Next, you will notice a nice selection of vegetables in this stew, but no meat. Of course, you can easily modify it to include lamb, stew beef, pork shoulder, or even chicken, and each or all are possible variations. But, when you make it for the first time, try it pretty much as written. Maybe make a small concession and use chicken stock instead of vegetable, but in any case, I think you will be surprised as to how “meaty” it tastes. Don’t feel that you have to duplicate the vegetable ingredients exactly. Sometimes I make this stew for the express purpose of using veggies that I have in the fridge that need to be used up. Bell peppers, butternut squash, and broccoli also often find their way into any particular batch. You should be sure to use the potatoes, though, because their starch really improves the texture of the this stew and contributes greatly to the “stewiness.”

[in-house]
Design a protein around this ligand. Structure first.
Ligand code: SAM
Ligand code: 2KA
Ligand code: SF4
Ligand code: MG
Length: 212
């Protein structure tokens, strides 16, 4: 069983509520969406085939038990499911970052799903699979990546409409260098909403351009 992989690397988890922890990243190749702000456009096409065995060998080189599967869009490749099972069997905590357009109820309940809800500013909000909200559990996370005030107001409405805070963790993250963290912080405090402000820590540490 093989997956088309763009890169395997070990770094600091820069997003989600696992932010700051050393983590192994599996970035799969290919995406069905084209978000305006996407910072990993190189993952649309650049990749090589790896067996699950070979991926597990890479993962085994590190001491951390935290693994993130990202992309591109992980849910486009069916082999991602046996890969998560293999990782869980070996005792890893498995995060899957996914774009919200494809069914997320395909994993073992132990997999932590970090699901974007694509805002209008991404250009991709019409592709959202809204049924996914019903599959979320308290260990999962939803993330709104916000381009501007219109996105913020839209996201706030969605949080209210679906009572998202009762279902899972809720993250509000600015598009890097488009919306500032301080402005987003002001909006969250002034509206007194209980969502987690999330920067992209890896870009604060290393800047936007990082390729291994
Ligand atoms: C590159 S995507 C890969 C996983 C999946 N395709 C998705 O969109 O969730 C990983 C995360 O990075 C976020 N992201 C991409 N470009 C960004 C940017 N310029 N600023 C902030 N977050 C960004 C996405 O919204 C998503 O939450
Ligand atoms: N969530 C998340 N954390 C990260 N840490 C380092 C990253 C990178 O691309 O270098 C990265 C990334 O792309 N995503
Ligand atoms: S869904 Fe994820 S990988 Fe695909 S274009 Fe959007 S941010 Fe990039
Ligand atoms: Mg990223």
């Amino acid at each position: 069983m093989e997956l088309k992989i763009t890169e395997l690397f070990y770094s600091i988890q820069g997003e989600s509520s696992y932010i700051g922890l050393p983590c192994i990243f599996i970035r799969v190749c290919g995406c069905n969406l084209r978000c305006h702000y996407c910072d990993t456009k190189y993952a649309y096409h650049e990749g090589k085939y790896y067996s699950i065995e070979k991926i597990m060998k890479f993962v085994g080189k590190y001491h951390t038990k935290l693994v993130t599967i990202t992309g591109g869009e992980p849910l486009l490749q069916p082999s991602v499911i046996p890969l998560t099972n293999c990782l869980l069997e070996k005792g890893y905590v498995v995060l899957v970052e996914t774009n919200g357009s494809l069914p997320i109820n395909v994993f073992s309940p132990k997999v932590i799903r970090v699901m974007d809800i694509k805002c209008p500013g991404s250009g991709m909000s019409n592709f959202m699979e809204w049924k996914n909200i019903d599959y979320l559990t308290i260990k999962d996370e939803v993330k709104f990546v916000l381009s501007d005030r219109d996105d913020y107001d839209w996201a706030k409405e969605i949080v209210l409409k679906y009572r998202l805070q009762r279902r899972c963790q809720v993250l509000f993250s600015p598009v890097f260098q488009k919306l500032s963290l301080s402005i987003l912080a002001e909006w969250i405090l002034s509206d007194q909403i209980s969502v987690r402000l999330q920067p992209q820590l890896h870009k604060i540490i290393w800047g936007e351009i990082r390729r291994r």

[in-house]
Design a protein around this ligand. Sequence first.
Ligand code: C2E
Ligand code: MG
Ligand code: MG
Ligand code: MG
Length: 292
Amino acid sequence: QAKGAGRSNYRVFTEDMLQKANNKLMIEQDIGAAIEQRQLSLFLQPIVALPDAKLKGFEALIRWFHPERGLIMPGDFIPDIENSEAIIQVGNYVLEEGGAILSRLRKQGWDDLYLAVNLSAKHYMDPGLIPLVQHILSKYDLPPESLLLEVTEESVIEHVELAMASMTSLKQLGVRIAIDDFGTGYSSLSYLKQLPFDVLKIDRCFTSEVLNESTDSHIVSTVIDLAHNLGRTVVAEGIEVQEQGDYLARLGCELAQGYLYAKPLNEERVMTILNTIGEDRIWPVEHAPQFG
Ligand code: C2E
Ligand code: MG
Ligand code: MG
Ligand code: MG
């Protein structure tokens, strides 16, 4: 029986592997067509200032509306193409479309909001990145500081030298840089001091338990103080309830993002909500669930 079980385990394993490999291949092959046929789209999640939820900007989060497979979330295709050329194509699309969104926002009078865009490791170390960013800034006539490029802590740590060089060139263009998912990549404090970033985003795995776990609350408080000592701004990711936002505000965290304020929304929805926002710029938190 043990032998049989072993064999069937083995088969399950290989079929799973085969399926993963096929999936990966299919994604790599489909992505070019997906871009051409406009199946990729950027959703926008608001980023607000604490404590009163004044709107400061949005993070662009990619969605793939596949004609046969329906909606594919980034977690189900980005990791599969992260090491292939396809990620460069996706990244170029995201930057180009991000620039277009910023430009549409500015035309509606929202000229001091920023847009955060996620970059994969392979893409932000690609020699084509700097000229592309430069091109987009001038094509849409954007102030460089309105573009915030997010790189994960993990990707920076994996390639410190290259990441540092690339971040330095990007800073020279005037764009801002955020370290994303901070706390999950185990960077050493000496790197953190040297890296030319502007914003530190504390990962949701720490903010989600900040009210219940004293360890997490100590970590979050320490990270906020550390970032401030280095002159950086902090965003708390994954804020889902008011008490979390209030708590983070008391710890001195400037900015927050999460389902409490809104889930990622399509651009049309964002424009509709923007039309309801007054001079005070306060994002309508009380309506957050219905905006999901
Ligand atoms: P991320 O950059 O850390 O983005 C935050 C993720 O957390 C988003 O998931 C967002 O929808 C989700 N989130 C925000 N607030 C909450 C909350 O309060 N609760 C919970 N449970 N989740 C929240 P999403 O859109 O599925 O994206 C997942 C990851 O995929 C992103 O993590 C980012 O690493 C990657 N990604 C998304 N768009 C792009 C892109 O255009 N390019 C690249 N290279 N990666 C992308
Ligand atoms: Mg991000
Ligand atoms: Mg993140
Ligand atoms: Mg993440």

Another slightly odd ingredient is the sake. Sake, an alcoholic Japanese brewed rice beverage comes in hundreds of varieties and numerous grades. Some sake is delightfully smooth for sipping like fine wine, and is nothing like the “hot sake” ubiquitous in sushi bars. If you have not discovered the pleasures of good sake, expand your horizons and start exploring this awesome brew. I have used it for years to deglaze the pan when Sautéing, and what it does for pan cooked chicken or shrimp is subtle but wonderful. My favorite cooking brand is Sho Chiku Bai, easily found and inexpensive enough to cook with, yet tasty enough to sample while you cook. If you drink it, do not drink it warm. Chill it like good white wine. If you are making this stew and don’t have any, use white wine and add a teaspoon of sugar to the recipe, because otherwise, you will miss the slight sweetness of the sake.
So, get cooking, and comment to let us know how you did!
Oh, and what’s the “Bonus” in the headline? Hopefully, you have discovered both Ras El Hanout and Sake as new ingredients in your cooking repertoire to use again and again in future culinary delights!